Adult Nonfiction HV6432.7 .B818 2002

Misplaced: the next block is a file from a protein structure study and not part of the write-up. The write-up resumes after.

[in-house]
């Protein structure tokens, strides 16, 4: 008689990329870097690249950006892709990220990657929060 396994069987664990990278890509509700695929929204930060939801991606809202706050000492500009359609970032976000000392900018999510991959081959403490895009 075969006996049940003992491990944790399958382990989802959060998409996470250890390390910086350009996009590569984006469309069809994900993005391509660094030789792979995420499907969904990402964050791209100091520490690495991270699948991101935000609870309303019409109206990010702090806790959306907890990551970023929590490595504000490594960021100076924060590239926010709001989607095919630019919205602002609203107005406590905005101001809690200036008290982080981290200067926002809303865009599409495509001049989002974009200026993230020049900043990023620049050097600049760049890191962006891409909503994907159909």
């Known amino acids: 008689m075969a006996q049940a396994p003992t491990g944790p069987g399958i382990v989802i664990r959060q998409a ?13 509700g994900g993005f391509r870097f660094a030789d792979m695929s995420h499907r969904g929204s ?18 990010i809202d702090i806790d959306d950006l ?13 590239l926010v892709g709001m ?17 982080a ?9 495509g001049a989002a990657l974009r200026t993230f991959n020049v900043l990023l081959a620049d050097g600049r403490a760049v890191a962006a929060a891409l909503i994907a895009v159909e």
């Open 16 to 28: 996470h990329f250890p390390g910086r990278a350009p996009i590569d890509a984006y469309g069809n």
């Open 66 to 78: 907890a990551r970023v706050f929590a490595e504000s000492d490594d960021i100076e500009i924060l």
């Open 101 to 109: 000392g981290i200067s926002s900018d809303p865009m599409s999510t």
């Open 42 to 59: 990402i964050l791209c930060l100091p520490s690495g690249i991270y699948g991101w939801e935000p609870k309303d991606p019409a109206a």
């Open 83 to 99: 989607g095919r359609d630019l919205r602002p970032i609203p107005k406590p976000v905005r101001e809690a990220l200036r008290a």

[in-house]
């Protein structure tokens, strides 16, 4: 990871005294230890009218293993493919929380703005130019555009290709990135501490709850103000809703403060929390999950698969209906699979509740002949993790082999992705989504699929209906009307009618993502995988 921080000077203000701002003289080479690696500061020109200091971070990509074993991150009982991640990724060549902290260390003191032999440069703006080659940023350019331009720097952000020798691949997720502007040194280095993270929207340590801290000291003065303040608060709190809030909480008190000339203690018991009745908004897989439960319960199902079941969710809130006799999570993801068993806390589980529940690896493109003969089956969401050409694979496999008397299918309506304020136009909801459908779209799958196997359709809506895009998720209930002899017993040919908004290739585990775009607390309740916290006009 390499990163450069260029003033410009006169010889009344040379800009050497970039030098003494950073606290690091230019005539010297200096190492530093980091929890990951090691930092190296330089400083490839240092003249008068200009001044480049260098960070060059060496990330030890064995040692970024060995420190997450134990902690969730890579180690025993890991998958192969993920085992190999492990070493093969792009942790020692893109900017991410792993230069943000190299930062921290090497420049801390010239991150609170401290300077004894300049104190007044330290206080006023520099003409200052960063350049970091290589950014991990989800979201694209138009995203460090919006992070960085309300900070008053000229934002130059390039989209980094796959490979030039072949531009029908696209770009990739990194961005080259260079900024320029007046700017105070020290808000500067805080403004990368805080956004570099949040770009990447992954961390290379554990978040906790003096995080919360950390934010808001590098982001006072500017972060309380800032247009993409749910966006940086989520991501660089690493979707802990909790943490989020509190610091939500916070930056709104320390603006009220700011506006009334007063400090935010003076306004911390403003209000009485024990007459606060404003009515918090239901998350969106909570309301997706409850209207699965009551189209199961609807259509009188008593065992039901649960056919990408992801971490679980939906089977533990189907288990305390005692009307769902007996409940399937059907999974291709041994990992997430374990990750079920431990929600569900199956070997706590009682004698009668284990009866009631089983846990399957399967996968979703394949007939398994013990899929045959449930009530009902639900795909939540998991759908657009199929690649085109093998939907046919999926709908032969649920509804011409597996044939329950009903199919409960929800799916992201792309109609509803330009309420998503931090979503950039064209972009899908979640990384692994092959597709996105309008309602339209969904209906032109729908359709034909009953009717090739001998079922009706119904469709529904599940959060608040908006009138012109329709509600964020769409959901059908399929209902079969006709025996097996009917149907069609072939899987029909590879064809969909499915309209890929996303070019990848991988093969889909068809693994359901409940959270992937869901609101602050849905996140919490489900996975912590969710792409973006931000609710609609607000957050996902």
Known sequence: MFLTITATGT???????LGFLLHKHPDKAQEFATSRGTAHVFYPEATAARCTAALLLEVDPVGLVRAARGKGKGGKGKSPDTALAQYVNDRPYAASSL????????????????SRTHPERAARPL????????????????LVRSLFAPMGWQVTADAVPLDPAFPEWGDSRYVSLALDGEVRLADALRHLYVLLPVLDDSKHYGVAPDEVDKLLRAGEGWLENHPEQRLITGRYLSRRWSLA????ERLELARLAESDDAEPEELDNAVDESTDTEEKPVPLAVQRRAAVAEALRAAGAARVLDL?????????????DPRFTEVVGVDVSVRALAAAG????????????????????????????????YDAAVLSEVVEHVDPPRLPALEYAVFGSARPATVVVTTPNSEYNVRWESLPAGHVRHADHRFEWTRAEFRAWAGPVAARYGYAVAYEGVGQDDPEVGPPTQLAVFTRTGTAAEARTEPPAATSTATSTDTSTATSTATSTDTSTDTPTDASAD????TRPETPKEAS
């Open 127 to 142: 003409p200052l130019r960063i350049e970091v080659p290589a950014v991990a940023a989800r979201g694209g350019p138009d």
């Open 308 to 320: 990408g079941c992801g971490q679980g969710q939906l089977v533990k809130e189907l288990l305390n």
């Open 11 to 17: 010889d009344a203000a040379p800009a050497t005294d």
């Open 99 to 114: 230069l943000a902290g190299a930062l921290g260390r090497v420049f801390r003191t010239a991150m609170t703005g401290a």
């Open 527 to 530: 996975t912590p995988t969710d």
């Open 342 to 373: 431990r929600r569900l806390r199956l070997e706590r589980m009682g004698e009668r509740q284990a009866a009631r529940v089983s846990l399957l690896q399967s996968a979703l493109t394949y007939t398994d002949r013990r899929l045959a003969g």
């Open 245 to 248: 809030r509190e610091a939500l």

Summary: In the weeks immediately following September 11, Kevin Bubriski made four pilgrimages to the World Trade Center site from his home in Vermont to witness and record the impact of the tragedy. Like so many who had experienced the events from a distance, Bubriski was driven to visit Ground Zero in an attempt to come to terms with the horrifying scenes reported on television and in the papers. At the barricades surrounding the site, Bubriski found people experiencing not only a remarkable sense of community, but also the deepest kind of personal reflection on loss and mortality. Businessmen, teenage friends, families, young lovers, and visitors from around the world approached the site slowly, and eventually came to a full stop, planting their feet firmly as if to keep themselves from wavering or falling. Each visitor then began a moment of quiet reflection, staring off at the mountainous ruins of twisted steel and debris amidst an omnipresent swirl of acidic smoke. It was at this time that the reality of the devastation set in. ldquo;[Bubriskirsquo;s] photographs are among the most shattering to come out of the event, and the quietest. By keeping his focus on the stunned faces of individuals within a crowd, he has captured a series of private moments within a mass demonstration of surging, national grief. Everyone in the city during those confusing days will recognize the look and remember the feeling all too well.rdquo; -Richard B. Woodward
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